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Dozens of hardy Winnipeggers braved the cold to run, cycle and skate on the Assiniboine and Red Rivers so homeless people could stay warm.
The first Beat the Cold Winter Triathlon kicked off at The Forks on Sunday at 9 a.m., with 200 participants first running five kilometres on the Assiniboine River, next cycling five kilometres on the Red River, and finishing off with a five kilometre skate on the Red.
The participants didn't just have a chance to do this at temperatures hovering around -22C, with the windchill making it feel like -31C, they also helped people who are going through the winter season while homeless.
The more than $10,000 raised by the event goes directly to 1JustCity to help up to 25 homeless people get a warm place to sleep inside Augustine United Church from January to March.
'The weather is not the boss of me. Stick it to the weather today' - triathlon participant Edward Friesen, originally from Belize
Participant Sean Ledwich finished the event with a time of 57 minutes and 30 seconds.
"The running was the hardest for me," Ledwich said afterwards.
"I'm in good health, but I dabble in everything but I'm a master of none. For me, it was good to get the run done early.
"It was very nippy out in the morning, but then the Sun came out just before the race and it was fine. When you're exercising in the cold you warm up fast."
Ledwich raised $500 for the event - with half of that coming from his girlfriend Kristy Muckosky.
"She encouraged me to go into the event and she put me at my goal of $250 right away — I'm pretty proud of that — and then family and friends donated money as well."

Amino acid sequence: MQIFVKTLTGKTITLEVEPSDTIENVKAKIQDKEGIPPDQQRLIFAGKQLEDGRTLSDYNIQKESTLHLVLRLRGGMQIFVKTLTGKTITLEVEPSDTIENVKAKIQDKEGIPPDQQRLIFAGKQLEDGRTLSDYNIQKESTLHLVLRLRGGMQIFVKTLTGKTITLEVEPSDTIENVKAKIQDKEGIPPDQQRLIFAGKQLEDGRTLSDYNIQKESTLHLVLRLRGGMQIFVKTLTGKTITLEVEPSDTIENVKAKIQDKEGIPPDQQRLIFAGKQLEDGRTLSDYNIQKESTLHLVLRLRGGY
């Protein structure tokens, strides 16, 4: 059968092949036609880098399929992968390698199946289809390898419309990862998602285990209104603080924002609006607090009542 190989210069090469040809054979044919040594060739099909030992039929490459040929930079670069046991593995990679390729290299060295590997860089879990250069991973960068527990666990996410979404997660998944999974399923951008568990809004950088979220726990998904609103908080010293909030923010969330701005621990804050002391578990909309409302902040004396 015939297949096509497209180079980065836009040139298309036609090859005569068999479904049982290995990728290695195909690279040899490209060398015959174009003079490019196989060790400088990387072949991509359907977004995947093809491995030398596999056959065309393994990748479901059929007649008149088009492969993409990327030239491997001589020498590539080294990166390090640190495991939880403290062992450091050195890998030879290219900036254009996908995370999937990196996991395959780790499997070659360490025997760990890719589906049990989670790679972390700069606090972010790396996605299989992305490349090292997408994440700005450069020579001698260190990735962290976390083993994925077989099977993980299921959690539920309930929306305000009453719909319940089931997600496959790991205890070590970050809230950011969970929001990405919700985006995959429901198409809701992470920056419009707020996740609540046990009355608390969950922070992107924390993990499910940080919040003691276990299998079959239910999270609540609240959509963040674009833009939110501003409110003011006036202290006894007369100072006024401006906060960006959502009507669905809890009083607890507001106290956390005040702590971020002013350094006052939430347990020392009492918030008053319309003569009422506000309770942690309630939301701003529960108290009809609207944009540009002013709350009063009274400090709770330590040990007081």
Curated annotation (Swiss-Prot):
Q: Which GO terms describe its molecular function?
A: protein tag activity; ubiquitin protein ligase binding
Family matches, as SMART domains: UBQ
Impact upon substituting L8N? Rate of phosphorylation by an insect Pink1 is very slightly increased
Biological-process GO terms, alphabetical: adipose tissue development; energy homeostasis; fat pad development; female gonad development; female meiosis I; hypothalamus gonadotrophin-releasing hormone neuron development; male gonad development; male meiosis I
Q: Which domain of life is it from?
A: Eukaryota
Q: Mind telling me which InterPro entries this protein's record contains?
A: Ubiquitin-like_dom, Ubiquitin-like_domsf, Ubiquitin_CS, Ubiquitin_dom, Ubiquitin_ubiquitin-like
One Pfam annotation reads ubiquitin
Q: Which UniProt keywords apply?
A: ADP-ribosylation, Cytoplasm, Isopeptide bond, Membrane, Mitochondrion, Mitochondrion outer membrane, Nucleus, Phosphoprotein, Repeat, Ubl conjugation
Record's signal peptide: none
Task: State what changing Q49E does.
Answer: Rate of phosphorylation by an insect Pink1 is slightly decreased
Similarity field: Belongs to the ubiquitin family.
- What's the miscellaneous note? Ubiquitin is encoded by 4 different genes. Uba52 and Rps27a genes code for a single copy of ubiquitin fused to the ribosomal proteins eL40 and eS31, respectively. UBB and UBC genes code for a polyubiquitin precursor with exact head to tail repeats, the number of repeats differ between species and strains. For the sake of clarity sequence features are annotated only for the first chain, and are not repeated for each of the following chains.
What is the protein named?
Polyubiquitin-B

The fastest male was Marc Fornier with a time of 46 minutes and 39 seconds while the fastest female was Megan Van Heyst at 57 minutes 35 seconds.
Tessa Blaikie Whitecloud, 1JustCity's executive director, said the fundraiser raised more than enough money to keep their overnight warming centre open through to the end of March.
"(The triathlon) sold out twice - we had 150 participants and opened it up to another 50 more and that sold out," she said.
"That's great because our emergency warming centre has been at capacity almost every night. We told people this was Beat the Cold so others won't have to and it has been so successful we definitely will be looking at doing it again next year."
Luke Rempel, the race's organizer, said "everything went fantastic, both from a running point of view and a fundraising point of view."
Rempel said the event was originally supposed to be last Saturday, Feb. 9, but the organizers decided to reschedule it when faced with a temperature of -29C and a windchill around -38C.
"We didn't think that was safe," he said. "We didn't want anyone to get frostbite. This was much better."
Another participant, Edward Friesen, said he originally grew up in the balmier temperatures of Belize before coming to Winnipeg.
"I came from the tropics and now I'm doing this," Friesen said laughing.
"The weather is not the boss of me. Stick it to the weather today."
Friesen said that for him the skating was the toughest of the three parts of the triathlon and what resulted in him finishing towards the end of the event.
"I do triathlons in summer," he said. "Compared to the rest of these other people here, my skating would be a one (out of 10)."
Meanwhile, Chelsea Thomson, a spokeswoman at The Forks, said the triathlon was just one of several events and activities happening at the site this Louis Riel long weekend.
Thomson said that on Sunday alone there were people riding fat bikes while touring warming huts on the frozen river, running clubs were running, while elsewhere people were enjoying free horse drawn carriage rides and fashioning jewellery out of old bicycle parts.
"I think we had the healthiest city in Canada today," she said.
"The nice thing is it is sunny during the day, but at night the temperatures are low enough we can repair the ice after a busy day."
— With files from Trevor Hagan
Kevin Rollason is one of the more versatile reporters at the Winnipeg Free Press. Whether it is covering city hall, the law courts, or general reporting, Rollason can be counted on to not only answer the 5 Ws — Who, What, When, Where and Why — but to do it in an interesting and accessible way for readers.